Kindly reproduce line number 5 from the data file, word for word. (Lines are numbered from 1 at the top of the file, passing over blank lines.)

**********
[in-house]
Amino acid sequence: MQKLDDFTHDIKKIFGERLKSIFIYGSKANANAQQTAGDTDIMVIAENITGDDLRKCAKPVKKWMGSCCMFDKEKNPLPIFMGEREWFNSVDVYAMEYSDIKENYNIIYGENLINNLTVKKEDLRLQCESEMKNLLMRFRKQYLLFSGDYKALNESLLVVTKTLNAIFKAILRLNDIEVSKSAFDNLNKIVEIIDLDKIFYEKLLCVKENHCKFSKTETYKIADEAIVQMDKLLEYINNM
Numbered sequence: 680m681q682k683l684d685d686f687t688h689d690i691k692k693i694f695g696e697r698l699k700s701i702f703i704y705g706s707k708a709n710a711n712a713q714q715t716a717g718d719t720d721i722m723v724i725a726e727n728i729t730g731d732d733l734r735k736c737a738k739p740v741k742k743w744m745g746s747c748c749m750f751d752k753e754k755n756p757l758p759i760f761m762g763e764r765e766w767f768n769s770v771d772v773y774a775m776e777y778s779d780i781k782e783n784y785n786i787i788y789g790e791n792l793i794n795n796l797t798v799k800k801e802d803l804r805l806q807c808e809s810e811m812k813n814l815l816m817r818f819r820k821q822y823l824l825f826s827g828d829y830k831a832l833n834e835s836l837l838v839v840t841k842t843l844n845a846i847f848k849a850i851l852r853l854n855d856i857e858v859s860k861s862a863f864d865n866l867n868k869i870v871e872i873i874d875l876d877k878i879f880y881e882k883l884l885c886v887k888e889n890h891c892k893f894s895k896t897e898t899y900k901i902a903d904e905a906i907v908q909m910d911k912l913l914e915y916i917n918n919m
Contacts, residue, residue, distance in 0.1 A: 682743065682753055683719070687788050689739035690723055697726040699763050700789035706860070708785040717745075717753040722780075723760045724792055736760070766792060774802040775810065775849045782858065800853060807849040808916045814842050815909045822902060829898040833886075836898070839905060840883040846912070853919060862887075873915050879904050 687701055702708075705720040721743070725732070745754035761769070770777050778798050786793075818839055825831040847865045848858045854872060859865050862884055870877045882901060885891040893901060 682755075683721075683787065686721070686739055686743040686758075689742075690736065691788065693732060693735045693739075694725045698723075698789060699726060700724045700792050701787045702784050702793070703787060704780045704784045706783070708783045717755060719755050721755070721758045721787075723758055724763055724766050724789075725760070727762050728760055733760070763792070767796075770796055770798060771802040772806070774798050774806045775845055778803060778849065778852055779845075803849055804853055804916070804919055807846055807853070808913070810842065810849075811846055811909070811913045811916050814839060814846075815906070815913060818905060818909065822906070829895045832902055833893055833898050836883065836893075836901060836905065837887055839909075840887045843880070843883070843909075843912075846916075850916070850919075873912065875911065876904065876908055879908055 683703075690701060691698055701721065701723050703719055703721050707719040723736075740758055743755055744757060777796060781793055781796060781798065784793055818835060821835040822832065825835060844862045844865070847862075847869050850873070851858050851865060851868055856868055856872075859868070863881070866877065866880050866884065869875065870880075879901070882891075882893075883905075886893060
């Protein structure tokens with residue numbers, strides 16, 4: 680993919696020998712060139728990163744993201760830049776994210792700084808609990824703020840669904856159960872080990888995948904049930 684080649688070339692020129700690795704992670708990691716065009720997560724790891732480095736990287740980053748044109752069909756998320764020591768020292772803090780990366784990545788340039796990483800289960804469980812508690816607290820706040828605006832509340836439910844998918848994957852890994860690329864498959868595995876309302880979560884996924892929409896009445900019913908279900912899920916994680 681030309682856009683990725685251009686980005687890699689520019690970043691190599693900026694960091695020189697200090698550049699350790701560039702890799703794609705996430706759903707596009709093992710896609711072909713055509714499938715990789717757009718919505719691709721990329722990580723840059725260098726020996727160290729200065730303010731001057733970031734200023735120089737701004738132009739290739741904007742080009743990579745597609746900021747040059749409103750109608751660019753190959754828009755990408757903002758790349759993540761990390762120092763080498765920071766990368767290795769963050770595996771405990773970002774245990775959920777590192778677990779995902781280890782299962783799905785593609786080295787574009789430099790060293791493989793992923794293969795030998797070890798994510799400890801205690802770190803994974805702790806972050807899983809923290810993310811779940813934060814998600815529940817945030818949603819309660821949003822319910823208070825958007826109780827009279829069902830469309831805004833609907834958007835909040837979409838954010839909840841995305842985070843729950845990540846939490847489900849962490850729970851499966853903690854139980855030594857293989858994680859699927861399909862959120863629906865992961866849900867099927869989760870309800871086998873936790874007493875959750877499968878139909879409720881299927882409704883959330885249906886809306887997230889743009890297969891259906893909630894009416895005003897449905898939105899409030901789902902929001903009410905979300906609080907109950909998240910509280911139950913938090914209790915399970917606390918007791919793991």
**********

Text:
């Protein structure tokens with residue numbers, strides 16, 4: 680993919696020998712060139728990163744993201760830049776994210792700084808609990824703020840669904856159960872080990888995948904049930 684080649688070339692020129700690795704992670708990691716065009720997560724790891732480095736990287740980053748044109752069909756998320764020591768020292772803090780990366784990545788340039796990483800289960804469980812508690816607290820706040828605006832509340836439910844998918848994957852890994860690329864498959868595995876309302880979560884996924892929409896009445900019913908279900912899920916994680 681030309682856009683990725685251009686980005687890699689520019690970043691190599693900026694960091695020189697200090698550049699350790701560039702890799703794609705996430706759903707596009709093992710896609711072909713055509714499938715990789717757009718919505719691709721990329722990580723840059725260098726020996727160290729200065730303010731001057733970031734200023735120089737701004738132009739290739741904007742080009743990579745597609746900021747040059749409103750109608751660019753190959754828009755990408757903002758790349759993540761990390762120092763080498765920071766990368767290795769963050770595996771405990773970002774245990775959920777590192778677990779995902781280890782299962783799905785593609786080295787574009789430099790060293791493989793992923794293969795030998797070890798994510799400890801205690802770190803994974805702790806972050807899983809923290810993310811779940813934060814998600815529940817945030818949603819309660821949003822319910823208070825958007826109780827009279829069902830469309831805004833609907834958007835909040837979409838954010839909840841995305842985070843729950845990540846939490847489900849962490850729970851499966853903690854139980855030594857293989858994680859699927861399909862959120863629906865992961866849900867099927869989760870309800871086998873936790874007493875959750877499968878139909879409720881299927882409704883959330885249906886809306887997230889743009890297969891259906893909630894009416895005003897449905898939105899409030901789902902929001903009410905979300906609080907109950909998240910509280911139950913938090914209790915399970917606390918007791919793991």